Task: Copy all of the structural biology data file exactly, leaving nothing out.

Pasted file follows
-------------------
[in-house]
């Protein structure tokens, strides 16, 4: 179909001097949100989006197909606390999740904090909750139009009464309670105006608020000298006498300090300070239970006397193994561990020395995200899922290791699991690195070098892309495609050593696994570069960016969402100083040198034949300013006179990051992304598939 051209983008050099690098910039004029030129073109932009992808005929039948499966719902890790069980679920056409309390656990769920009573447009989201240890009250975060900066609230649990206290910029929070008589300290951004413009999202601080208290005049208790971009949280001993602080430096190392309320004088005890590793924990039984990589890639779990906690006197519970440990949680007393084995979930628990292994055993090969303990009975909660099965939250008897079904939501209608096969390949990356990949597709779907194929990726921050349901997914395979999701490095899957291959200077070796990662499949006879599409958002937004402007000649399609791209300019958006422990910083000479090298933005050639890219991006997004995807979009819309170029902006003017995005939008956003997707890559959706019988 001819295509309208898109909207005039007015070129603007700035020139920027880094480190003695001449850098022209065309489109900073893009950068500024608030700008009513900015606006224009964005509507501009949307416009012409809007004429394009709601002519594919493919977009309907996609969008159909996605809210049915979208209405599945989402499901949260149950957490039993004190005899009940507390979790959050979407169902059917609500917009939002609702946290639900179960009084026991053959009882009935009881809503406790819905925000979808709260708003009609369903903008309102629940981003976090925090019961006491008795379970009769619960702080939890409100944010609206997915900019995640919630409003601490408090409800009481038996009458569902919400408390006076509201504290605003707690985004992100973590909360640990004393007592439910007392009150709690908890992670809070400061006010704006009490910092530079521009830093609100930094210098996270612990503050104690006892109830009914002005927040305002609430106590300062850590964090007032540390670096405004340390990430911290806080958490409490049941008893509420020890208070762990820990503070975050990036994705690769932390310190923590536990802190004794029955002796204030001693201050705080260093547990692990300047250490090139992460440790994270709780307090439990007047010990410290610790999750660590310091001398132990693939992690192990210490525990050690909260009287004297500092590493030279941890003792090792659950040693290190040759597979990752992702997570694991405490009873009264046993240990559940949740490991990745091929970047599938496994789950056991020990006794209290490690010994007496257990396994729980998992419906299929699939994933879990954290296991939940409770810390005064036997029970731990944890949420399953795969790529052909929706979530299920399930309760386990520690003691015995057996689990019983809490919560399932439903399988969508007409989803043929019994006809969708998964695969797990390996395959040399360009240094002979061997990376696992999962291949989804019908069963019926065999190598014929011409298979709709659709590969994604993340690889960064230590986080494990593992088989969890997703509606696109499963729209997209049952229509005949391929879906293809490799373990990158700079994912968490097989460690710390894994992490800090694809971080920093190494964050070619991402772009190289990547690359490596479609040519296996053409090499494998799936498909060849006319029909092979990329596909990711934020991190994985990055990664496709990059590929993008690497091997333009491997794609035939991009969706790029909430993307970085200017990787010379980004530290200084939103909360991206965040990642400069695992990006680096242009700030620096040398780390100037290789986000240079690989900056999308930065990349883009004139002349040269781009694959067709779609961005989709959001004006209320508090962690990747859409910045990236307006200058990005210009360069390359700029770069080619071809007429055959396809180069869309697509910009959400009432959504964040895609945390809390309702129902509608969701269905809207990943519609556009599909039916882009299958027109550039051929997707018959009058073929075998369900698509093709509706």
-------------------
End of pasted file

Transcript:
[in-house]
């Protein structure tokens, strides 16, 4: 179909001097949100989006197909606390999740904090909750139009009464309670105006608020000298006498300090300070239970006397193994561990020395995200899922290791699991690195070098892309495609050593696994570069960016969402100083040198034949300013006179990051992304598939 051209983008050099690098910039004029030129073109932009992808005929039948499966719902890790069980679920056409309390656990769920009573447009989201240890009250975060900066609230649990206290910029929070008589300290951004413009999202601080208290005049208790971009949280001993602080430096190392309320004088005890590793924990039984990589890639779990906690006197519970440990949680007393084995979930628990292994055993090969303990009975909660099965939250008897079904939501209608096969390949990356990949597709779907194929990726921050349901997914395979999701490095899957291959200077070796990662499949006879599409958002937004402007000649399609791209300019958006422990910083000479090298933005050639890219991006997004995807979009819309170029902006003017995005939008956003997707890559959706019988 001819295509309208898109909207005039007015070129603007700035020139920027880094480190003695001449850098022209065309489109900073893009950068500024608030700008009513900015606006224009964005509507501009949307416009012409809007004429394009709601002519594919493919977009309907996609969008159909996605809210049915979208209405599945989402499901949260149950957490039993004190005899009940507390979790959050979407169902059917609500917009939002609702946290639900179960009084026991053959009882009935009881809503406790819905925000979808709260708003009609369903903008309102629940981003976090925090019961006491008795379970009769619960702080939890409100944010609206997915900019995640919630409003601490408090409800009481038996009458569902919400408390006076509201504290605003707690985004992100973590909360640990004393007592439910007392009150709690908890992670809070400061006010704006009490910092530079521009830093609100930094210098996270612990503050104690006892109830009914002005927040305002609430106590300062850590964090007032540390670096405004340390990430911290806080958490409490049941008893509420020890208070762990820990503070975050990036994705690769932390310190923590536990802190004794029955002796204030001693201050705080260093547990692990300047250490090139992460440790994270709780307090439990007047010990410290610790999750660590310091001398132990693939992690192990210490525990050690909260009287004297500092590493030279941890003792090792659950040693290190040759597979990752992702997570694991405490009873009264046993240990559940949740490991990745091929970047599938496994789950056991020990006794209290490690010994007496257990396994729980998992419906299929699939994933879990954290296991939940409770810390005064036997029970731990944890949420399953795969790529052909929706979530299920399930309760386990520690003691015995057996689990019983809490919560399932439903399988969508007409989803043929019994006809969708998964695969797990390996395959040399360009240094002979061997990376696992999962291949989804019908069963019926065999190598014929011409298979709709659709590969994604993340690889960064230590986080494990593992088989969890997703509606696109499963729209997209049952229509005949391929879906293809490799373990990158700079994912968490097989460690710390894994992490800090694809971080920093190494964050070619991402772009190289990547690359490596479609040519296996053409090499494998799936498909060849006319029909092979990329596909990711934020991190994985990055990664496709990059590929993008690497091997333009491997794609035939991009969706790029909430993307970085200017990787010379980004530290200084939103909360991206965040990642400069695992990006680096242009700030620096040398780390100037290789986000240079690989900056999308930065990349883009004139002349040269781009694959067709779609961005989709959001004006209320508090962690990747859409910045990236307006200058990005210009360069390359700029770069080619071809007429055959396809180069869309697509910009959400009432959504964040895609945390809390309702129902509608969701269905809207990943519609556009599909039916882009299958027109550039051929997707018959009058073929075998369900698509093709509706």